Mangrove & Coral Destruction
Widespread destruction of mangroves (Bahamas, Australia) and Coral Reefs (Caribbean, Red Sea) has resulted in the loss of some of the worlds most diverse ecosystems. As a side effect, this has greatly increased shoreline hazards and beach erosion rates. The greatest benefit of mangroves is their ability to reduce storm surge. This benefit is long-term and requires no maintenance. The 1999 super typhoon, Orissa, killed over 10,000 people in India drowning many with its powerful storm surge. This number could have been lower if the mangroves had been retained. Mangroves are lost because of clearing for development, logging, and shrimp farming. Coral reefs are lost by mining (Bali, Indonesia), sedimentation from agriculture on the upland (St. Croix, Virgin Islands), bad fishing techniques that kill corals (Pacific Islands), sedimentation from nourished beaches (Waikiki) and a host of other natural and global warming-related causes. Dubai is perhaps the single greatest example of coral reef destruction. The artificial islands built there buried vast coral reefs. Mangroves and coral reefs often provide protection for nearby beaches. Their destruction harms the beach as well.
Surfing in / Mangrove and Coral Destruction
Scientists believe they have identified a new species of coral and found a rare Dumbo octopus during an expedition 3,000ft (900m) down in the Pacific Ocean.
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James Cook University, University of Sydney and Queensland University of Technology scientists working with laser data from the Royal Australian Navy have discovered a vast reef behind the familiar Great Barrier Reef.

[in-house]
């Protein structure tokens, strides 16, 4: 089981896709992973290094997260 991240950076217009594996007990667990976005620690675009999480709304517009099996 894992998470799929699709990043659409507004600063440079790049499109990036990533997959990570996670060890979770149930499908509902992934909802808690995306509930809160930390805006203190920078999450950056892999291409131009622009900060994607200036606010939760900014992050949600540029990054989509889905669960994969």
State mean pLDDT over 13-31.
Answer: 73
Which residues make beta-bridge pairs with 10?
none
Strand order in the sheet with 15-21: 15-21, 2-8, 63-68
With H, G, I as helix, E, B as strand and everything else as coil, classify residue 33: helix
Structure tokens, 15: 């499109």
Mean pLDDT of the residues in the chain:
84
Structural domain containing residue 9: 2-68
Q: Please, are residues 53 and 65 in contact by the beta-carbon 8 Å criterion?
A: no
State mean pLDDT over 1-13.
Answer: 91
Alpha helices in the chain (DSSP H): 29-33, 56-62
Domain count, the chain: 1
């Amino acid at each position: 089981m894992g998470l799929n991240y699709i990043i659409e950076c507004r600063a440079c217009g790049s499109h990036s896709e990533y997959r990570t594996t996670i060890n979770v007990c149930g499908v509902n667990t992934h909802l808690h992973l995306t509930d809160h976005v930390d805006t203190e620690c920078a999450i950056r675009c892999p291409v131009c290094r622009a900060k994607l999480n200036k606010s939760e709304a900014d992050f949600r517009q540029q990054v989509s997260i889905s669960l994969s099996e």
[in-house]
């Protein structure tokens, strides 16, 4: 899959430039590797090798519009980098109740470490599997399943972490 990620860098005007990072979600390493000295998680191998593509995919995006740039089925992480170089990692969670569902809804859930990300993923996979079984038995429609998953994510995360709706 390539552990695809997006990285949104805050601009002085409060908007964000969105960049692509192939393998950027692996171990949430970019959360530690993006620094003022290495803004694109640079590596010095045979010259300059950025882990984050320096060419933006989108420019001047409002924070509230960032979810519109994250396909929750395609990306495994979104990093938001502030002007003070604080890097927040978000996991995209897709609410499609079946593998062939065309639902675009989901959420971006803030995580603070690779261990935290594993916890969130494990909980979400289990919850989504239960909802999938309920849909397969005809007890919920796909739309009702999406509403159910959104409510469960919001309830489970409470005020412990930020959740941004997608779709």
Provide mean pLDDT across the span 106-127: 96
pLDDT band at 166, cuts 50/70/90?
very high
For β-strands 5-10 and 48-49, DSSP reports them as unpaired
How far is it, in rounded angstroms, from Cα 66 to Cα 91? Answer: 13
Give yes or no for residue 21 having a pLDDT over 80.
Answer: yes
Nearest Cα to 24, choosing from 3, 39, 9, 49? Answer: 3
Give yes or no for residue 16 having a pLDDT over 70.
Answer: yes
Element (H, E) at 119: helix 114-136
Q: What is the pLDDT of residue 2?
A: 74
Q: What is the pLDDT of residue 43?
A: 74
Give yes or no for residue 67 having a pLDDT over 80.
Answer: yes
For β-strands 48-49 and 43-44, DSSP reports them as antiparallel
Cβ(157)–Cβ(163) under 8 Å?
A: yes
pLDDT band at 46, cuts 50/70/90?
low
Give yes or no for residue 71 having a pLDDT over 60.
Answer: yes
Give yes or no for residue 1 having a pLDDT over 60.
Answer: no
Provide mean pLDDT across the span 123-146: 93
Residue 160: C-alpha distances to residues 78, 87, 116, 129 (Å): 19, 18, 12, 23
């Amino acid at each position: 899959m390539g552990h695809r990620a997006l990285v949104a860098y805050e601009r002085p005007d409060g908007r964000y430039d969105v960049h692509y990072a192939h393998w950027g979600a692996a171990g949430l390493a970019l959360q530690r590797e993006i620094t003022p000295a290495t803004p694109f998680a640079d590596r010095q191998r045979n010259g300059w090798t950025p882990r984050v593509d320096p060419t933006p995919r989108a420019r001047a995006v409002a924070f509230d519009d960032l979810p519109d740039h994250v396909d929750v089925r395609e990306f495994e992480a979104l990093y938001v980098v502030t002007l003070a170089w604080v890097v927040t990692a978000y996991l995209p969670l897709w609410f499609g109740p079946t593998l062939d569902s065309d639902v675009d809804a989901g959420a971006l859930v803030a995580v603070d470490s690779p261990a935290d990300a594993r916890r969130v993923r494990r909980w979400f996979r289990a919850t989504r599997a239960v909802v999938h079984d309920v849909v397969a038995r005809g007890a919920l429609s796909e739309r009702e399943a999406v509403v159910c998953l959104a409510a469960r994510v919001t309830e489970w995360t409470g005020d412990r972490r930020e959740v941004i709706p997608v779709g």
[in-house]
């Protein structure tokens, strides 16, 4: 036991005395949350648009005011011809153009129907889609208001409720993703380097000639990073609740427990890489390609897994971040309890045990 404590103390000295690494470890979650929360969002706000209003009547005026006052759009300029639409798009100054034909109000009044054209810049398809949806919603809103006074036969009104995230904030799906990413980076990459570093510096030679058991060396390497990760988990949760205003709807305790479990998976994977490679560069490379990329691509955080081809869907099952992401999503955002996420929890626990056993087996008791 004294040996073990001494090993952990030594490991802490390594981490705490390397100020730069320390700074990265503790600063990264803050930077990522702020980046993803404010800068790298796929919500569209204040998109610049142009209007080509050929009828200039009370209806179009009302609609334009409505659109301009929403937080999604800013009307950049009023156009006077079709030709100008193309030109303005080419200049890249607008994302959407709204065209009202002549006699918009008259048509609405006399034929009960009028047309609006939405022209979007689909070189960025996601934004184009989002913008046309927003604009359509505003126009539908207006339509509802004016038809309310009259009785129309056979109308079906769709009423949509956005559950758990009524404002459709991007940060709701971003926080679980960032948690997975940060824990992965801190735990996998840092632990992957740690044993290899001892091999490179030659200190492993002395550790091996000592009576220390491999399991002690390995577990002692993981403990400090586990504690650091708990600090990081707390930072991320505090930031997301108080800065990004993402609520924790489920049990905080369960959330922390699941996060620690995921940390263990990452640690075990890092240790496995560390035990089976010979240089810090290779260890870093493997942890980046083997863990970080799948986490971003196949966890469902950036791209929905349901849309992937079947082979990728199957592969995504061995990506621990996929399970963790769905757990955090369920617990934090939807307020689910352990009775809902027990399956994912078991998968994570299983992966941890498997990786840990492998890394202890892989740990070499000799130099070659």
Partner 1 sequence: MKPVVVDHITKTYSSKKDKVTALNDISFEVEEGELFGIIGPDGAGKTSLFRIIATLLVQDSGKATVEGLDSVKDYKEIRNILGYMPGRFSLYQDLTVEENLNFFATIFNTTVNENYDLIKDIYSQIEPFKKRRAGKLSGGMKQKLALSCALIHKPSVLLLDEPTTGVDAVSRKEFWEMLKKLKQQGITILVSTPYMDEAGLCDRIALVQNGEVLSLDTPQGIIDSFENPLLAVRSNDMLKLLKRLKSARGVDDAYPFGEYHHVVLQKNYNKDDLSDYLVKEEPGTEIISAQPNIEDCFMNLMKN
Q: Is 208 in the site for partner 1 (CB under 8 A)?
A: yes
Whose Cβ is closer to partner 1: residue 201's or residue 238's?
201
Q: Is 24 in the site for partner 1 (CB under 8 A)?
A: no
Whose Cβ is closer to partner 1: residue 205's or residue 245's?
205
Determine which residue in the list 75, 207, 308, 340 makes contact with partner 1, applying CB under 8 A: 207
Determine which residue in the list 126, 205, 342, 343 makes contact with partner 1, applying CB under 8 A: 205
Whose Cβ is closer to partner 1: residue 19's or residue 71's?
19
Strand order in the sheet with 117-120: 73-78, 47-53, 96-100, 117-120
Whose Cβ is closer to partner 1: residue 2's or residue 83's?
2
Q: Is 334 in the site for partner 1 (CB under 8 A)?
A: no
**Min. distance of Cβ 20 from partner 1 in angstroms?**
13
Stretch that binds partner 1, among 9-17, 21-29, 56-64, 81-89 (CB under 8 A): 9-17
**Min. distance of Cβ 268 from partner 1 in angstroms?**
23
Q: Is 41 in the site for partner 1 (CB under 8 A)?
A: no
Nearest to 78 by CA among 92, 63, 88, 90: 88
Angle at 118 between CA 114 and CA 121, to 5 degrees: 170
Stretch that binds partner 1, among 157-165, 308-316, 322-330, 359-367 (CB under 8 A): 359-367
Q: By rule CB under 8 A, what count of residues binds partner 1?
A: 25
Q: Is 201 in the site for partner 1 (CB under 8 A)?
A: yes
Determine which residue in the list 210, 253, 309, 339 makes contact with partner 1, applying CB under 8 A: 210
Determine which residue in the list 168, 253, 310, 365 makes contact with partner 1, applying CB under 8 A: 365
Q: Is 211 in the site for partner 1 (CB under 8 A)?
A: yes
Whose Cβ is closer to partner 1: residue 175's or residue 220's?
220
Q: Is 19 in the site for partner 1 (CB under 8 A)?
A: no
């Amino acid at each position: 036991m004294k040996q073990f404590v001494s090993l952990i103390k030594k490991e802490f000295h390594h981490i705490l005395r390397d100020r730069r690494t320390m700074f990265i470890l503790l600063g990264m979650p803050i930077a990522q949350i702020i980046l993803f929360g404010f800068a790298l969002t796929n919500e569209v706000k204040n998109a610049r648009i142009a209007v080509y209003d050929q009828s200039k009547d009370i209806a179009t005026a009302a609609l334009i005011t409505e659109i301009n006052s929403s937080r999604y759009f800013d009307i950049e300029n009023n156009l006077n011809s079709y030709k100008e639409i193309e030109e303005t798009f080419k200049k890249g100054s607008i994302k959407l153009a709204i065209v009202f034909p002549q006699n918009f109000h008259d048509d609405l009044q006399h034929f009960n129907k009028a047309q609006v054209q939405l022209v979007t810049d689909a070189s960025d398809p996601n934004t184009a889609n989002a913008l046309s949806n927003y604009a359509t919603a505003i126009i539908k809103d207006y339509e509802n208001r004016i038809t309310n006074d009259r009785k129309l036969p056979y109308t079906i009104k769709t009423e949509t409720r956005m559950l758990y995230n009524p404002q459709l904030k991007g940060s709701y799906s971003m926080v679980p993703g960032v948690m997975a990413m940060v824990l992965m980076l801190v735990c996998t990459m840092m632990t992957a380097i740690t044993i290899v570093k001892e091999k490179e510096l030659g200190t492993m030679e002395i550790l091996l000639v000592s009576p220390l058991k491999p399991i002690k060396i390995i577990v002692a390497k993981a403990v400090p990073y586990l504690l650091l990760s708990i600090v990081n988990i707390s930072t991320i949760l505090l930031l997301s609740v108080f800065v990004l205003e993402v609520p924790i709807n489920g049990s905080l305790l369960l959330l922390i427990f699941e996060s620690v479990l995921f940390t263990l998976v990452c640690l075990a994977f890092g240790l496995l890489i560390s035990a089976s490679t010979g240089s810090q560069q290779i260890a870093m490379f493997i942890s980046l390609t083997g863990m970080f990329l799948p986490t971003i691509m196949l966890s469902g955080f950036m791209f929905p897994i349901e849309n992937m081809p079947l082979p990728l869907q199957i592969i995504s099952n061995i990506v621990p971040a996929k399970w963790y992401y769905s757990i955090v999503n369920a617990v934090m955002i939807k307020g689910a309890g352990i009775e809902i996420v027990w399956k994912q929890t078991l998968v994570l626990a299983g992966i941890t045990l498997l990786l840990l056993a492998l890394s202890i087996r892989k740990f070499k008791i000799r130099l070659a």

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A year after Sri Lanka launched a mangrove conservation plan, about half of its 37,000 hectares of mangrove forests are in a various stage of revival, officials say.
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A new exploration of a legendary blue hole in the South China Sea has found that the underwater feature is the deepest known on Earth.
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Mangroves are rare and vital ecosystems that help to protect coastlines and mitigate the effects of climate change, but their survival is being jeopardized, the United Nations cultural agency said July 26th,2016, on first World’s Mangrove Day, calling for greater preservation efforts as the international community marks the first ever International Day for the Conservation of the Mangrove Ecosystem.
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The planet’s largest mangrove forest could be facing serious trouble in the form of two new coal-fired power plants, environmentalists say — and they’re urging the United Nations to draw greater attention to the issue.
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Thanks to a mangrove planting project, villagers have managed to protect their areas, where seawater had been regularly spilling over the farms destroying their crops, and conserve the environment by involving members of the public in planting mangroves.
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Climate change and El Niño have caused the worst mangrove die-off in recorded history, stretching along 700km of Australia’s Gulf of Carpentaria. And last week it was revealed warm ocean temperatures had wiped out 100km of important kelp forests off the coast of Western Australia.
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Researchers discovered that mangrove forests can buffer ocean acidification because they are known to increase the alkalinity of the waters surrounding these ecosystems. The alkaline solutions can counter acidification
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